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Dec 15, 2013 - ‘Tis the Season for Jazz Depot’s Christmas Gospel Celebration

 

            As he’s done since the year before his 1991 induction into the Oklahoma Jazz Hall of Fame, gospel artist Dr. Joey Crutcher is staging a Christmas concert that showcases, as he says, “the different styles that gospel music can really bring.”

            He prefers, however, not to promote his Christmas Gospel Celebration as a “variety show.”

            “No, we don’t like calling it that,” Crutcher says. “In the church, we call them `musicals.’ We just try to highlight some different talents from in and around the Tulsa area.”

            As per tradition, there will be a performance by the choir from the Tulsa chapter of the Gospel Music Workshop of America, a group founded in 1967 by the Rev. James Cleveland – perhaps the major driving force in modern gospel music – and star gospel performer Albertina Walker. There are some 250 chapters worldwide, including Tulsa’s, for which Dr. Crutcher is the music director.

            “For the past five or six years, we’ve featured the Gospel Music Workshop Choir, Tulsa Chapter, and this year we’re still going to feature them, but we’ll feature other people, too, in the first half of the show,” notes Crutcher. “We’re going to have a young lady named Kandy Williamson, who’s moved from Kansas City to Tulsa and has a gospel project. She used to be a member of the Kansas City chapter of the Gospel Workshops of America; she’s with the Tulsa chapter now.

            “We’re also going to have a gospel ensemble called the Heralds of Praise. They’re from the New Heights Christian Center here in Tulsa, and there’s another lady, from the Bahamas, we call Evangelist Forbes.”

            Also on the bill is Oklahoma City’s Violet Nash.

            “I’ve known Violet for years,” says Crutcher. “She’s part of the Oklahoma City chapter [of the Gospel Music Workshop of America], and she sings with the Ambassadors Choir, too.

            “I’ll be playing a lot of the music, but we also have Keith Jimmerson playing the grand piano,” he adds. “I’m going to be playing the Hammond B3, and my son will be doing special effects – playing strings and a whole lot of effects. His name is Joey LaRon Crutcher. Then we’re going to have percussion, played by my nephew, Jeremy Williams. That makes up the band.”

            Along with the choir from the local Gospel Music Workshop of America, that group of musicians and vocalists will offer Jazz Depot audiences some very good examples of the breadth and diversity of styles under the gospel-music umbrella.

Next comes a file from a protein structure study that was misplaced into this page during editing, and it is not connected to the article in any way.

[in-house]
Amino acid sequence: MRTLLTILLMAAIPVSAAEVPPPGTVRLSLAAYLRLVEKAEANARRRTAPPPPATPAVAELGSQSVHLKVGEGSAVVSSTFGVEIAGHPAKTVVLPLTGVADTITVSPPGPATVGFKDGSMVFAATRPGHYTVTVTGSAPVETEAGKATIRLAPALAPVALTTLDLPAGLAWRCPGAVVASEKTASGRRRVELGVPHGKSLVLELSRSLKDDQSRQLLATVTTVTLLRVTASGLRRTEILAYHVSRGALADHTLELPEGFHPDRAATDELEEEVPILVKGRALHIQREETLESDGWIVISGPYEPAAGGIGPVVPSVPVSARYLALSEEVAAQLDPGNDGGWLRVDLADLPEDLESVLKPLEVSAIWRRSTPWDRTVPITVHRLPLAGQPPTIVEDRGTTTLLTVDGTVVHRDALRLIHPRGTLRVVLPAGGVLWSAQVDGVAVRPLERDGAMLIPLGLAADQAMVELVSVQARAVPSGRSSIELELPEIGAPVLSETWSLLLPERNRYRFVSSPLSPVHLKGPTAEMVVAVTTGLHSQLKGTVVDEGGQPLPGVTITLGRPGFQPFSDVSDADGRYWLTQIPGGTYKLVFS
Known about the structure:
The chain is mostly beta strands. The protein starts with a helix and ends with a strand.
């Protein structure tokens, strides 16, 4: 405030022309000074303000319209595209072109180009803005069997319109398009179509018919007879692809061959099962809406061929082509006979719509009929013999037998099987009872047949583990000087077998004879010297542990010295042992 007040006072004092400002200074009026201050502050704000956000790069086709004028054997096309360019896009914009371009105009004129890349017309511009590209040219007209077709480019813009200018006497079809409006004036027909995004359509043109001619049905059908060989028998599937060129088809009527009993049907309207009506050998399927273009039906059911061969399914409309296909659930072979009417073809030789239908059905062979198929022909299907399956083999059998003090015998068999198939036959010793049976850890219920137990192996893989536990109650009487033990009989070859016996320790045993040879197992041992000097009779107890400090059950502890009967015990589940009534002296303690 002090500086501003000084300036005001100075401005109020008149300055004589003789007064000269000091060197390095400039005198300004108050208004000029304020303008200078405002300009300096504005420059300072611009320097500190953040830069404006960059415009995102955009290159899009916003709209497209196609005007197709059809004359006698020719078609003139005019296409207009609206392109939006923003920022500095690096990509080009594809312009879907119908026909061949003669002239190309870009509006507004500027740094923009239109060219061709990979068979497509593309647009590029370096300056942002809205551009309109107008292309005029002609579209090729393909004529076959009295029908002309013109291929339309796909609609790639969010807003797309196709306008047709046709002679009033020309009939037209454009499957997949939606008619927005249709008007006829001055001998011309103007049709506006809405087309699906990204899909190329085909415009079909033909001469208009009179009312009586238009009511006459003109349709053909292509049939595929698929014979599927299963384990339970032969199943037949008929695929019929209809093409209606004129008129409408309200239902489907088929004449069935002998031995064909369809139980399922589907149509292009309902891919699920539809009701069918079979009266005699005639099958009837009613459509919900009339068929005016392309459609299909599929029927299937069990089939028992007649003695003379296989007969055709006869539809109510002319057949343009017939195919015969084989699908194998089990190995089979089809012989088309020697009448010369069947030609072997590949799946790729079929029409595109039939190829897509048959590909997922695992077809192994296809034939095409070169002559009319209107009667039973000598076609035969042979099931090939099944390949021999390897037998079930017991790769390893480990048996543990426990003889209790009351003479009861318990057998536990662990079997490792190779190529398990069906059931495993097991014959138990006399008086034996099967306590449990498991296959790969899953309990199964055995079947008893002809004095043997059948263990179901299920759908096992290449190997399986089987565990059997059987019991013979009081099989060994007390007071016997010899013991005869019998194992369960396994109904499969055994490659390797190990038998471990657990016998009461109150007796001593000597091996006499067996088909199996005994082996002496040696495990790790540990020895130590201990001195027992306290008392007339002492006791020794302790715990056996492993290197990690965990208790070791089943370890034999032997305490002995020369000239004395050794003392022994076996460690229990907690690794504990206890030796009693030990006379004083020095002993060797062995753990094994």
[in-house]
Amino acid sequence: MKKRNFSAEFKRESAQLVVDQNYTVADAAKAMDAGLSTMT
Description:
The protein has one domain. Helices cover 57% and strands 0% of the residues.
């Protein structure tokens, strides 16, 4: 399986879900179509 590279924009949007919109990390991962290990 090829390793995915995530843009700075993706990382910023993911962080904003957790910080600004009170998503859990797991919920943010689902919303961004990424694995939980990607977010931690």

“What we do is gospelize different genres of music,” he says, “so you’ll find all kinds of music. We take a lot of the European hymns and gospelize them, swinging them, making them kind of upbeat.

            “If you noticed the memorial services and everything that they were doing for Nelson Mandela, you saw that all those people had a beat,” he adds. “It’s a little pulse, like a heartbeat. They walk down the street, and they kind of bounce. That’s the way our people are; it’s just part of our heritage. So we encompass that here, and we do it in all of our music – jazz, blues and gospel. We work on the off-beat, not on the beat. If it’s 4/4, we clap on the two and the four a lot of the time. We call it clapping off-beat – just syncopating the music.”

            That’s the kind of insight he’s been giving Oklahoma Jazz Hall of Fame audiences since 1990, when Jazz Hall founder Senator Maxine Horner asked him and others to help spread the word about the kinds of music celebrated in that building.

            “She commissioned everybody that was in the Oklahoma Jazz Hall of Fame to try to educate the public about jazz, gospel, and blues,” he explains. “So we did a lot of studying about gospel music, seeing how it was related to blues and jazz. Jazz and blues started primarily in clubs and bars, and when those musicians got saved and went to the church, they took that style with them. We called it `coming out of the world.’  So we wanted to educate people about that.

            “That’s how it started. Since then, the Oklahoma Jazz Hall of Fame has had a concert series every year. And we just have to close out the season with gospel music.”

            “Dr. Crutcher is an Oklahoma Jazz Hall of Fame inductee,” said Jason McIntosh, Jazz Hall CEO. “And his annual holiday show has become a Christmas tradition. This concert’s display of talent illustrates the work Dr. Crutcher and the Tulsa chapter of the Gospel Music Workshop of America do in our community.”

            Dr. Joey Crutcher’s Christmas Gospel Celebration is set to begin at 5:00 p.m. Sunday, December 22, at the Oklahoma Jazz Hall of Fame, located in downtown Tulsa’s Jazz Depot, 111 E. First St. Tickets can be purchased at the Depot, from www.myticketoffice.com, or by calling Bettie Downing at 918-281-8609. General admission is $15, reserved table seating $20. Seniors and Jazz Hall members are admitted for $10, and high school and junior high students for $5. 

            The show is a part of the Jazz Hall’s 2013-14 Winter Concert Series.

            The Oklahoma Jazz Hall of Fame is a 501(c)(3) non-profit cultural and educational organization, with a mission to inspire creativity and improve the quality of life for all Oklahomans through preservation, education, and performance of jazz, our uniquely American art form.

 

 

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